The majority of advertising memorabilia available to collectors today dates from the early 20th century at the very earliest, with most pieces dating from 1960s onwards. The market is driven by nostalgia, meaning that items from well-known brands, such as Cadbury’s, tend to the best most valuable.
Well-known brands tend to the best most valuable
Sign of the times
Collectors tend to focus on one brand or on one type of advertising object, such as signs. Food- and drink-related advertising and packaging is consistently popular and tobacco advertising has incresed in desirabaility since the 2007 UK smoking ban in enclosed work spaces. Pieces that have cross-market interest, for example signs that feature, trains, are also likely to be desirable.
A popular style such as Art Nouveau, Art Deco or 1950s kitsch, will usually add value to a piece of advertising. The style can also help with dating, as can the format of the names, logos and telephone numbers.
Condition is paramount
Signs are one of the most popular collecting areas and can be extremely valuable, particularly if the have eye-catching visuals. Condition is very important, so examine surfaces carefully for damage, such as scratches or dents. Signs in mint condition will usually fetch many times the value of worn equivalents.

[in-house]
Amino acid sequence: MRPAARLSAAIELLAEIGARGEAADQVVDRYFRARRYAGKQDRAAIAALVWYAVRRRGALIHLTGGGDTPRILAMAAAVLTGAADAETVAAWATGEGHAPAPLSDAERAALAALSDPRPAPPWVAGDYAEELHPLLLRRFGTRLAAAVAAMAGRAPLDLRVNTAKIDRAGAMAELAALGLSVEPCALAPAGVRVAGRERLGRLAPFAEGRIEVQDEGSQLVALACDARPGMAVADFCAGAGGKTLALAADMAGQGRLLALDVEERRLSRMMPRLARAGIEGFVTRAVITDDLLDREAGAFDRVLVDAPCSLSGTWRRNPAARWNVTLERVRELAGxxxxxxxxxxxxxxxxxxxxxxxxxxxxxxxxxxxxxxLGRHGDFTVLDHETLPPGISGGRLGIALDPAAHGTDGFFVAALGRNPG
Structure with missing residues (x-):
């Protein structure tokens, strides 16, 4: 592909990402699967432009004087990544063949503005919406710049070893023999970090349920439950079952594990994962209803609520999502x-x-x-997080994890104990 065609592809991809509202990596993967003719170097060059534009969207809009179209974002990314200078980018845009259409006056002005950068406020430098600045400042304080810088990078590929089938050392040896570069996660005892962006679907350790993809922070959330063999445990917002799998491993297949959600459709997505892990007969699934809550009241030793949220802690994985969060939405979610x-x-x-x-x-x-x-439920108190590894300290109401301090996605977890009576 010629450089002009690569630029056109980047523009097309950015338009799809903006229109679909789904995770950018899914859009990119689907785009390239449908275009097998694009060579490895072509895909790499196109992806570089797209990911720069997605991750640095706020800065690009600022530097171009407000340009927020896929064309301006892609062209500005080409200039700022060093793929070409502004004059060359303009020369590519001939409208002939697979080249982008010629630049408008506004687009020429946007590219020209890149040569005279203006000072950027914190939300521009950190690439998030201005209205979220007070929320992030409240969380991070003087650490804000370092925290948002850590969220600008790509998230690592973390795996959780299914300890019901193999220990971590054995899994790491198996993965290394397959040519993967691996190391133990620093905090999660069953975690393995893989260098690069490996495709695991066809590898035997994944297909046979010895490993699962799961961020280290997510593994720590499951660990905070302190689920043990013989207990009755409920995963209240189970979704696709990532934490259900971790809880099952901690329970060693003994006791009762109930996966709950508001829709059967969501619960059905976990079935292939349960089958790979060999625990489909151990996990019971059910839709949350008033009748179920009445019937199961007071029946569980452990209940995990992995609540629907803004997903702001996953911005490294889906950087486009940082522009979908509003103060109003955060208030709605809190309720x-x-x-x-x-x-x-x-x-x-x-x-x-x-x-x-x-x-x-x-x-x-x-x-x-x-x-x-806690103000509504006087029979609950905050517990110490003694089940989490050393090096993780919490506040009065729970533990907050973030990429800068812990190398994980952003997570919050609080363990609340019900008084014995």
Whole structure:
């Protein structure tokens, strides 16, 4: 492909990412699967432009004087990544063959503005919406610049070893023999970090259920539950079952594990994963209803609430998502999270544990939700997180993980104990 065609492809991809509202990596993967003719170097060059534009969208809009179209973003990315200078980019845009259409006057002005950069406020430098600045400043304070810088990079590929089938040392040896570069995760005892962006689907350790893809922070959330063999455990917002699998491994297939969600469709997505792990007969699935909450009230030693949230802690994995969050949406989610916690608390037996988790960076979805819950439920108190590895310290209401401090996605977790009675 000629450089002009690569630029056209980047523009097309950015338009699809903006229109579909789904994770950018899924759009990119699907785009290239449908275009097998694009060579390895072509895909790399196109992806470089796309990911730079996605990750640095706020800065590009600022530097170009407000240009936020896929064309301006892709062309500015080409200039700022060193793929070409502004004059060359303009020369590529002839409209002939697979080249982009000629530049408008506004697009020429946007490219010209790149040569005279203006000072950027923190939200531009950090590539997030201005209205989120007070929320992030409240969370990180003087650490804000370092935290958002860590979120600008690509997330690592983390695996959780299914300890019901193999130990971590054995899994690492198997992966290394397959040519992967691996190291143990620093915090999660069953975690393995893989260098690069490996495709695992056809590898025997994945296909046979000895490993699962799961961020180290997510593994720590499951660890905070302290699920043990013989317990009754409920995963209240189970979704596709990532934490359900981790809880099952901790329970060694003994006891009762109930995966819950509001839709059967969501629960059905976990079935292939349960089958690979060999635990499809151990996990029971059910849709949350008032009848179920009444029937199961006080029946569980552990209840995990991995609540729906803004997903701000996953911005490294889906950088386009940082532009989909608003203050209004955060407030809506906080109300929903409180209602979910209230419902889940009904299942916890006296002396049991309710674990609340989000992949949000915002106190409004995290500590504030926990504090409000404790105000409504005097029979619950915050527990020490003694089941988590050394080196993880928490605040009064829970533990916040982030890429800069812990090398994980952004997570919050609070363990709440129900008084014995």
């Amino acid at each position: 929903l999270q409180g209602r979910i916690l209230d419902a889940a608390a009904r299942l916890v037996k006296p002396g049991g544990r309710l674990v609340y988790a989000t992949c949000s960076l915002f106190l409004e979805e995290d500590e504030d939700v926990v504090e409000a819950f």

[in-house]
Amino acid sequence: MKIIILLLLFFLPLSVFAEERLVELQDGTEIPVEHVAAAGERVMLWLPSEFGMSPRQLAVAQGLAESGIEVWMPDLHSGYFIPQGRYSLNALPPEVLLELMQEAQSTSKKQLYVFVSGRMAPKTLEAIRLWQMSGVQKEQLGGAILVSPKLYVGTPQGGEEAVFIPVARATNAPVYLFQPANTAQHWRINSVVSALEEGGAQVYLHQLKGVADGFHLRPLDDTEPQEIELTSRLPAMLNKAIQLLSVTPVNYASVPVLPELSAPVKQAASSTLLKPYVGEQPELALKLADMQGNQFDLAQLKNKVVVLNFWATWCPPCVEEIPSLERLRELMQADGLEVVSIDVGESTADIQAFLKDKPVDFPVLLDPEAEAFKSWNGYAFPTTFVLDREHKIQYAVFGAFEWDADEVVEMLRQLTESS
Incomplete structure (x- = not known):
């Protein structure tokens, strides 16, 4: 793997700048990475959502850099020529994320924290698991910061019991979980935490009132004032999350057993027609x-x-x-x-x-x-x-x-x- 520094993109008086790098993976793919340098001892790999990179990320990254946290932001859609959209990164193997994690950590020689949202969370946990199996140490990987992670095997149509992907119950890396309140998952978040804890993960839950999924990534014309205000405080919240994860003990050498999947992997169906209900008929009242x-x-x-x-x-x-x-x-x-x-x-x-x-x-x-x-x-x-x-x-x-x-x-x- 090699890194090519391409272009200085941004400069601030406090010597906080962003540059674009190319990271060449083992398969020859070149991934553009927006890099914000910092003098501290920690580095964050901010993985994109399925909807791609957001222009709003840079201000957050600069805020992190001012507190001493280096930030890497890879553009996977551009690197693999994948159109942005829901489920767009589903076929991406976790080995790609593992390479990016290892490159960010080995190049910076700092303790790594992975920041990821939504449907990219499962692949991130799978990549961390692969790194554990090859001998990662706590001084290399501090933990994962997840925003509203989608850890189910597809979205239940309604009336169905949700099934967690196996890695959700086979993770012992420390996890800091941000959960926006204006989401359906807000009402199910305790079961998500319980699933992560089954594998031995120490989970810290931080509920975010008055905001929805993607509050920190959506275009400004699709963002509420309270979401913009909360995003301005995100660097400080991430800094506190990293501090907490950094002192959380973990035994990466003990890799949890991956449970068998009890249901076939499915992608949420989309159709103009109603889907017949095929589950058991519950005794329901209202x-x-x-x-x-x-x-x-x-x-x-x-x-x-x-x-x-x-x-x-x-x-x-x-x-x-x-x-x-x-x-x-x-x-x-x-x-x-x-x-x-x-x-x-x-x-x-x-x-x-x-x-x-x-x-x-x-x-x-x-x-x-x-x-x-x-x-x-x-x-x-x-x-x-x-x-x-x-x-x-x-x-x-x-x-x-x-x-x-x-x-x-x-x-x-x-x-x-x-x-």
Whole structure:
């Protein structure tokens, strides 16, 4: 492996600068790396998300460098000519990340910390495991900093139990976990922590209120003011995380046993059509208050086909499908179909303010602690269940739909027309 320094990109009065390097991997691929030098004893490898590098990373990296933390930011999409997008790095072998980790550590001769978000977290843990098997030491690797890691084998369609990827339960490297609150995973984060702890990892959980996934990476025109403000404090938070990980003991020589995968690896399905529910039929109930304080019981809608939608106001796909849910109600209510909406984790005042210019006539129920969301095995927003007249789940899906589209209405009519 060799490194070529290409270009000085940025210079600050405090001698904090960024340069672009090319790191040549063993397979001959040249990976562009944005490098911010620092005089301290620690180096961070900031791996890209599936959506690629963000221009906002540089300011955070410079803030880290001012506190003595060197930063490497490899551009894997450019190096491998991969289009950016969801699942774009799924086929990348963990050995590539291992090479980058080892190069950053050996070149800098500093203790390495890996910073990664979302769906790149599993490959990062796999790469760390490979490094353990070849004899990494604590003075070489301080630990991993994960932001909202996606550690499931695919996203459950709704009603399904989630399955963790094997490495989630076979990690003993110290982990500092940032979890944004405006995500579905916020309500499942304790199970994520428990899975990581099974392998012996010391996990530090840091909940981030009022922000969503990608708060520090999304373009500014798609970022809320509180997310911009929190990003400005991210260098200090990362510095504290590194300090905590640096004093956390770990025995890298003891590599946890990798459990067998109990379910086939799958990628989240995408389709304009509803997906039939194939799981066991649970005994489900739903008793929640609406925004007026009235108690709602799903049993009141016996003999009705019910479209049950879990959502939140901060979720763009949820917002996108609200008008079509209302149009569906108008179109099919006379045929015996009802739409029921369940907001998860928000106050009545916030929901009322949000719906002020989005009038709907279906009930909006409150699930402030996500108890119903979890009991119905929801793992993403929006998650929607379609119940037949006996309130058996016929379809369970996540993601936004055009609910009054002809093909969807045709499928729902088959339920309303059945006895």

Counter-top display pieces can be rare, as fewer were made than other forms of advertising and they were often damaged or discarded when a newer version arrived in the shop.
Cadbury's advertising flair
This 1890 large enamelled-metal sign valued at £600-£800 is one of the earliest Cadbury signs and was part of a campaign promoting the health-giving benefits of cocoa. The purity was stressed at a time when the government was concerned about cheap ingredients added to food to boost profits. Founder John Cadbury (1802-89) had a flair for advertising that was inherited by his sons Richard and George who took over the firm in 1861.
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